Friday, November 27, 2015
Citrus Limonin Glucoside Supplementation Decreases Biomarkers of Disease and Inflammation in Humans
It is commonly known that fresh fruits should be part of a healthy, balanced diet. Epidemiological studies reinforce this notion, revealing that increased consumption of fresh fruits is associated with reduced risk of diabetes, cardiovascular disease and cancer. Are there specific phytochemicals and biomolecules present in fruits, aside from well-known and well-studied flavonoids and vitamin C, that elicit these demonstrated health benefits in humans? Identification of fruit-derived nutraceutical components could provide access to new dietary supplements for prevention and/or treatment of various chronic diseases.
Citrus limonoids are highly oxygenated triterpenoids that occur in a variety of citrus tissues in significant quantities (up to 900 ppm in orange juice). Limonoids exist in citrus juice and tissues as water-soluble glucosides. Citrus seeds and peel extract contain water-insoluble limonoid aglycones. Certain limonoid aglycones such as the flagship member of the limonoid natural product family, limonin, are responsible for the development of delayed bitterness in citrus. Limonin was isolated in the 1840’s but its precise chemical structure was not elucidated until 1960, when a collaborative team that included Derek Barton and E. J. Corey solved the structure using chemical derivatization and X-ray diffraction methods.
A recent report from Darshan Kelley and co-workers at the USDA has demonstrated that consumption of a specific limonoid natural product, limonin glucoside (structure shown above), effectively reduces plasma concentrations of markers for chronic inflammatory diseases in human subjects. The authors examined the effects of limonin glucoside consumption on blood lipids, lipoproteins and liver enzymes. In this study, twelve-ounce drinks containing 250 milligrams of limonin glucoside dissolved in aqueous citrate buffer solution were consumed twice per day by subjects. The drinks were orange-flavored and contained some vitamin C and zero calories. The double blind study was also placebo controlled. Notably, at a dose of 500 mg/day, limonin glucoside had no specific adverse effects and the drinks were well-tolerated. Moreover, the drinks effectively reduced serum concentrations of several hepatic markers that are recognized to be associated with obesity and inflammation. The reduction in markers included gamma-glutamyl transferase (GGT, 34%), alanine aminotransferase (ALT, 13%) and alkaline phosphatase (ALP, 10%). Circulating concentrations of GGT, ALT and ALP are elevated in several human diseases including alcoholic and nonalcoholic fatty liver disease and metabolic syndrome. The authors note that one etiological link among these conditions is increased oxidative stress and inflammation and that future studies are warranted to examine the potential of limonoids to prevent or reverse these diseases.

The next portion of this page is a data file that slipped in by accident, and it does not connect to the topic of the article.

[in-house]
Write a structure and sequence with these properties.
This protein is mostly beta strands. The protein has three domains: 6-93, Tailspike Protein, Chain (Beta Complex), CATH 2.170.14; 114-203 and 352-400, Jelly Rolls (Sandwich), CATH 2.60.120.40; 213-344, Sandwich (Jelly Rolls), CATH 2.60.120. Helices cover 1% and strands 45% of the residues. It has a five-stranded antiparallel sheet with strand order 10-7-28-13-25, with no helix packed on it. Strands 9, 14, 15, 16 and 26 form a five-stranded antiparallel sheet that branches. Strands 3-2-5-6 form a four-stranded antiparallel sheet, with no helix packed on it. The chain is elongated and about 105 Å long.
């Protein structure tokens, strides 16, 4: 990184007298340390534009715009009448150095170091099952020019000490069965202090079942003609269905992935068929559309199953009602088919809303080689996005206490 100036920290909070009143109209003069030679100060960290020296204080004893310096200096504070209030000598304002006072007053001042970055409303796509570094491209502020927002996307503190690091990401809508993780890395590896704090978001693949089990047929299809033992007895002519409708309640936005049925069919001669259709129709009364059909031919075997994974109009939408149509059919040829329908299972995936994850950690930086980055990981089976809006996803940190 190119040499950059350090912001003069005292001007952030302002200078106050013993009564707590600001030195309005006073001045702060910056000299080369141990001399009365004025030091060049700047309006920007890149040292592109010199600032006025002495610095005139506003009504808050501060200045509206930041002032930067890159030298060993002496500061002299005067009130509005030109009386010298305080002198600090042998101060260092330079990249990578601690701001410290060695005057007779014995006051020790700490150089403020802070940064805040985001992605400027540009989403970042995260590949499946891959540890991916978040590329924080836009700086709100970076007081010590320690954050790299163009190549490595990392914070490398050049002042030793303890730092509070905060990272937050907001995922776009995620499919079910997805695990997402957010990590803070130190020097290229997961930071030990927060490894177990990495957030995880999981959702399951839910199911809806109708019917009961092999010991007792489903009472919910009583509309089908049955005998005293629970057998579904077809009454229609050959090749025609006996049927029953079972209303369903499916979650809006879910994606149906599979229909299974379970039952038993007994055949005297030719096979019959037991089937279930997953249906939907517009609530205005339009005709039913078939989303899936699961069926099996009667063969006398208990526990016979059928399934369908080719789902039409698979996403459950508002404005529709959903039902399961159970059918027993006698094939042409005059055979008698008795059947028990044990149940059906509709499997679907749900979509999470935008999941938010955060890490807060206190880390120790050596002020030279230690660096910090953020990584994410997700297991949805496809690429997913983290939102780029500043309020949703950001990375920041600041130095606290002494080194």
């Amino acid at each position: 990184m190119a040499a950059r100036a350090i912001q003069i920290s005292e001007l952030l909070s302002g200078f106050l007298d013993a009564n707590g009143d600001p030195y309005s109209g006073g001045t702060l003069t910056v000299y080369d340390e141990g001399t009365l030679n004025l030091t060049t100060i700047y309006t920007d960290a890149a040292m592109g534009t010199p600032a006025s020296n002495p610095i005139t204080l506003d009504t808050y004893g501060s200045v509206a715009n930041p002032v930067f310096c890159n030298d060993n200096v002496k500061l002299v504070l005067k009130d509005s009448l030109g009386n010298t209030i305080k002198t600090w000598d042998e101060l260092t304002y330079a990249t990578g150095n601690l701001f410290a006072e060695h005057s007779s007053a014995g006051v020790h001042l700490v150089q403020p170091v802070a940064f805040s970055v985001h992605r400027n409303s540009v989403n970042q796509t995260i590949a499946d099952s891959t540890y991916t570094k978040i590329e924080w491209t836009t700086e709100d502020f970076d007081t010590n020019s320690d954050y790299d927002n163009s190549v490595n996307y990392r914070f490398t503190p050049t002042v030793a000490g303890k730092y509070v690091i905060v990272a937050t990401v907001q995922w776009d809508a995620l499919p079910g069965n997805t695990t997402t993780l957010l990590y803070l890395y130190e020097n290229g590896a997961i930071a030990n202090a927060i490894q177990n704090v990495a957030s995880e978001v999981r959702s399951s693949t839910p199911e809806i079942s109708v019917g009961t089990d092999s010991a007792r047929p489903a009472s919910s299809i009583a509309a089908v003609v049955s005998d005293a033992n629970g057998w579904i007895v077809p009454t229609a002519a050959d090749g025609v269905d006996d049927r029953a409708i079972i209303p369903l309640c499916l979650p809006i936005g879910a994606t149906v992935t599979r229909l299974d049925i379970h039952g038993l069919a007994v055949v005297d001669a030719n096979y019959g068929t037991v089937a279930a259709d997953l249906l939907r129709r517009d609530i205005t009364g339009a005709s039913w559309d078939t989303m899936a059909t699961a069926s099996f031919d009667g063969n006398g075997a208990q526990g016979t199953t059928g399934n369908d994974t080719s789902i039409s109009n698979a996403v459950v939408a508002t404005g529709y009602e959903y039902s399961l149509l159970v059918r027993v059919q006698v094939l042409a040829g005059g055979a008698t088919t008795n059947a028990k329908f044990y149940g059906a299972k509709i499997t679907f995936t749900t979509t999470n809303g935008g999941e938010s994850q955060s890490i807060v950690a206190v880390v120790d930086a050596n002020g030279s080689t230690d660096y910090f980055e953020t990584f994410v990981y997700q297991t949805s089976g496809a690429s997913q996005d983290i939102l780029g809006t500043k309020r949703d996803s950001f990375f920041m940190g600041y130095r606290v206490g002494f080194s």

In forthcoming posts, we will examine the manner in which the authors of the study executed the deceptively challenging task of sourcing hundreds of grams of a highly complex natural product with purity in excess of 99.93%. We will also compare the USDA’s isolation method (extraction from citrus molasses) with the state-of-the-art in total chemical synthesis. The first total synthesis of racemic limonin was very recently disclosed by Shuji Yamashita’s and Masahiro Hirama’s research groups at Tohoku University (Japan). Limonin provides an outstanding case study by which to compare divergent supply chain approaches to sourcing structurally complex API’s.